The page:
On June 13, 1967, a small group of Israelis traveled to an area south of Jerusalem. The land, on the west bank of the Jordan River, had just been conquered by the Israeli army in the Six-Day War, as had East Jerusalem, the Gaza Strip, and the Golan Heights.
The visitors were looking for the remains of a group of Jewish villages known as Gush Etzion, which the Arabs had occupied and destroyed during Israel's War of Independence, in 1948. For the intervening 19 years, the West Bank had been under Jordanian control. But the survivors of Gush Etzion had never given up hope of returning, and now they planned to stay. So did the Israelis who, around the same time, moved into the newly occupied Golan Heights and Jerusalem's Old City -- forcing out hundreds of Arab families.
Today, nearly 40 years later, about 250,000 Israelis live in some 125 officially recognized West Bank settlements. Another 180,000 live in the annexed areas of East Jerusalem, and about 16,000 live in the Golan.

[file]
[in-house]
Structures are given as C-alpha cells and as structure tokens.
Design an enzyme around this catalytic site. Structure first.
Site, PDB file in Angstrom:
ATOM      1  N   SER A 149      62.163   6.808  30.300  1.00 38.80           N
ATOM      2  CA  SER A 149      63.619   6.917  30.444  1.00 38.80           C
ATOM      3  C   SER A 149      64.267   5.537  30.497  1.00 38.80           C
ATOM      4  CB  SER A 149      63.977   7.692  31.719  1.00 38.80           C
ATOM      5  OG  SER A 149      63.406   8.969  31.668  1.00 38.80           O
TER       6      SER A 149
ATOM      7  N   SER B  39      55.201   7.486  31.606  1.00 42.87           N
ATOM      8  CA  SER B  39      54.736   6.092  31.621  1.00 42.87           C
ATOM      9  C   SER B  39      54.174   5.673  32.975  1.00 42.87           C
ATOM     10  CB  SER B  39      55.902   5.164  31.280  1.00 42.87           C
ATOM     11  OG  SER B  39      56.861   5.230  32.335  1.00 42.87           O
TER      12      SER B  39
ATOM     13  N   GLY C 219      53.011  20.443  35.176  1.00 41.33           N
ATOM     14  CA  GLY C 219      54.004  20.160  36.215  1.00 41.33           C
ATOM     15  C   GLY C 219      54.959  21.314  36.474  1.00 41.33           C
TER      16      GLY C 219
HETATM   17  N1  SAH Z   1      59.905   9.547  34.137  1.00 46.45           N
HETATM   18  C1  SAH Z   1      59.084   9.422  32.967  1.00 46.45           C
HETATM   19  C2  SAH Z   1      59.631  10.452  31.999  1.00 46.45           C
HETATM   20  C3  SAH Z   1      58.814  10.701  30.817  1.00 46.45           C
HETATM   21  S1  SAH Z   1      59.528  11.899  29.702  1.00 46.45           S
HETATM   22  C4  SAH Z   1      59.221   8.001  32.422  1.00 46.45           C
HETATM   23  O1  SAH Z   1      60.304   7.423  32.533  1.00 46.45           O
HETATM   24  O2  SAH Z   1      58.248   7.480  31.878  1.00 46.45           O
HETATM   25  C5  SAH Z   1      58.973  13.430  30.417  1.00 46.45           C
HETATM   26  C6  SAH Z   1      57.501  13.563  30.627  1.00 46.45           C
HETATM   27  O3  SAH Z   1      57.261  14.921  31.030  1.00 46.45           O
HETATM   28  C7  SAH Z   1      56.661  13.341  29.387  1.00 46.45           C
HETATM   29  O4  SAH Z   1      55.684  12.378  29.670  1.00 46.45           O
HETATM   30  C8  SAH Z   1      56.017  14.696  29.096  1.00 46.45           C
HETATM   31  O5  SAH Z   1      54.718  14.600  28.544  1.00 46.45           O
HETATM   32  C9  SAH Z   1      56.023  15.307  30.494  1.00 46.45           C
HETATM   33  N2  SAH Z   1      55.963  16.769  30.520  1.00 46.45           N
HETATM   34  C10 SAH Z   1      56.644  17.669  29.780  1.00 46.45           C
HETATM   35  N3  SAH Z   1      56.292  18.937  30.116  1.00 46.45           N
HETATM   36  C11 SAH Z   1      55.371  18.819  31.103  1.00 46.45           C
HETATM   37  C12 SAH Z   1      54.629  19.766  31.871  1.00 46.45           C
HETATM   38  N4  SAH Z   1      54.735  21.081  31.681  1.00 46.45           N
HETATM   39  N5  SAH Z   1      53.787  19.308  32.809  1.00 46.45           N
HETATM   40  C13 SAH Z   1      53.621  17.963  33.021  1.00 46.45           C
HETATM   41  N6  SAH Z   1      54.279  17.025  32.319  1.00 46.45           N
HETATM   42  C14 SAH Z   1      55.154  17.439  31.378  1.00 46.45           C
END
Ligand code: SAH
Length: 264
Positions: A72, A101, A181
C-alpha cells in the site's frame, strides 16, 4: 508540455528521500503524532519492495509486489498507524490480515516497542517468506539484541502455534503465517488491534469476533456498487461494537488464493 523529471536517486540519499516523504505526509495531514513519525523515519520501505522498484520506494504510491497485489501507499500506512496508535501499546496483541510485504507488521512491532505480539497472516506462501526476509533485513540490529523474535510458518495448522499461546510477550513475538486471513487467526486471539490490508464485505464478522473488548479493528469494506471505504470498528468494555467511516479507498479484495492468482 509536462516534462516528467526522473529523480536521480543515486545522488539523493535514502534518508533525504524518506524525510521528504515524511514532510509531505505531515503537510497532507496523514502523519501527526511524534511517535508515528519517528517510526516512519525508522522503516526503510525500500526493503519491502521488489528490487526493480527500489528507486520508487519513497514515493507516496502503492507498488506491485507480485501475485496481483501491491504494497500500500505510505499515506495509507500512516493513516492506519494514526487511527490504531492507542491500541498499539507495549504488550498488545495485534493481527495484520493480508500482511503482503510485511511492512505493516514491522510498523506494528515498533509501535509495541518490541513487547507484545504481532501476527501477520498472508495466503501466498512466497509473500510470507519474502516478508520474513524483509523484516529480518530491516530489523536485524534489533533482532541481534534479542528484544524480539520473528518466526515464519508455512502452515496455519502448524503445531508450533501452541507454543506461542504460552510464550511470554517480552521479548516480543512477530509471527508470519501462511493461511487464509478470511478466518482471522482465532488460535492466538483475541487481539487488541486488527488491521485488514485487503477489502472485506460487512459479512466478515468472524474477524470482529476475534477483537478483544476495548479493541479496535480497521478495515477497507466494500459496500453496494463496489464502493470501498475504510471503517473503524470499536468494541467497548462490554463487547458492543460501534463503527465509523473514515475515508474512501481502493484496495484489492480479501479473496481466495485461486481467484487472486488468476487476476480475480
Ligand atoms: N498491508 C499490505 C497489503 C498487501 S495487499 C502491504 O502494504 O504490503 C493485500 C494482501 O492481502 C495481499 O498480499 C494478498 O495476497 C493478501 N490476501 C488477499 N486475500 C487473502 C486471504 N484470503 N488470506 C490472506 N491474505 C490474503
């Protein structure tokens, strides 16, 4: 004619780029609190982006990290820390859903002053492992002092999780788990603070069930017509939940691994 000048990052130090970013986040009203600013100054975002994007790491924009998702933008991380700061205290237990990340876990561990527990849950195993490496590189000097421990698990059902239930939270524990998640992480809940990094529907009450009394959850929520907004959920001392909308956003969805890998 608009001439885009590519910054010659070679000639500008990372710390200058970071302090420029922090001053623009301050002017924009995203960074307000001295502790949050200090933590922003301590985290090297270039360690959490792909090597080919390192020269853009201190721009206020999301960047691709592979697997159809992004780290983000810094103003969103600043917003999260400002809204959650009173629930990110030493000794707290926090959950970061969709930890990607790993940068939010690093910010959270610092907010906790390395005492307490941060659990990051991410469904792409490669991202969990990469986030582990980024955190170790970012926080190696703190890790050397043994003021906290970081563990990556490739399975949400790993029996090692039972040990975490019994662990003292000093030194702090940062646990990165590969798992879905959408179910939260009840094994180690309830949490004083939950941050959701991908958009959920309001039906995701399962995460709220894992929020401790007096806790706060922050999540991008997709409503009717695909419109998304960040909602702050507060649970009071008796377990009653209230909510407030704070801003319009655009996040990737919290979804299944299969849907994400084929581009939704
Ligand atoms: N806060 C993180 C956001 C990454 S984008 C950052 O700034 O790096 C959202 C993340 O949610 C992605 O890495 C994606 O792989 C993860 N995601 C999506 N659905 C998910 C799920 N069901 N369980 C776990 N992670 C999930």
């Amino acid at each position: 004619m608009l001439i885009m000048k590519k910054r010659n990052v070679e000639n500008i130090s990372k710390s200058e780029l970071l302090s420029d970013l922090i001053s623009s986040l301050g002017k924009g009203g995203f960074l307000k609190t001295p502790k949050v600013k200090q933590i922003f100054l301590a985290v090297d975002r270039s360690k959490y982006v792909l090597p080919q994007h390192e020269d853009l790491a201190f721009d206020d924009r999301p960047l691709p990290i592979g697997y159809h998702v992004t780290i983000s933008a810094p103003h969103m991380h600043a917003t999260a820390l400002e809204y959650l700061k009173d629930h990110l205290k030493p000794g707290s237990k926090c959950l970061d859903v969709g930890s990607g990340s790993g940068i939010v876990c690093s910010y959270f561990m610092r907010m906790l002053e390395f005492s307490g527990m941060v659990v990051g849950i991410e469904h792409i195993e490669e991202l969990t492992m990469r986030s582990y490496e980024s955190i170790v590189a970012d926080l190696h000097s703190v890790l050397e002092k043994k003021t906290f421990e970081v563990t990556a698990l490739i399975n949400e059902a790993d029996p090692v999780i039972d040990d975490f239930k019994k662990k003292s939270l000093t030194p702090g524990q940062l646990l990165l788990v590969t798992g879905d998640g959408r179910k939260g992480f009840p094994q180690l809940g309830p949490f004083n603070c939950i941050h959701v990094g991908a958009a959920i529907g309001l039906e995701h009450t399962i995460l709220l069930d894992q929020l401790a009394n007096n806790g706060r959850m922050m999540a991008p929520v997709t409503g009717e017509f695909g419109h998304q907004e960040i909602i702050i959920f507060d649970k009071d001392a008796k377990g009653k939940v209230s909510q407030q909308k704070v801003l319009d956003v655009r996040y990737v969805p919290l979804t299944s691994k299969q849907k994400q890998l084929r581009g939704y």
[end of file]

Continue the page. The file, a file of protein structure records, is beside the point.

The most comprehensive book on these settlers is Lords of the Land, by the journalist Akiva Eldar and the historian Idith Zertal, which was published in Hebrew in 2005. Lords of the Land describes Israel's settlement of the occupied territories as the result of political and emotional pressure that the settlers skillfully applied to a largely unenthusiastic but weak Israeli government. Now, Gershom Gorenberg, in a careful and fluently written book, has produced a much more sophisticated analysis. In The Accidental Empire, Gorenberg depicts the settlements as the product not just of political maneuvering, but also of the Israeli identity itself. Settling the land had always been at the core of the Zionist experience, but by 1967, when the Six-Day War began, many Israelis had lost their confidence in the old Zionist dream. Israel's smashing battlefield success in the war reversed this trend, galvanizing many Israelis into taking up the Zionist mantle once again and making a fresh beginning in the newly captured land.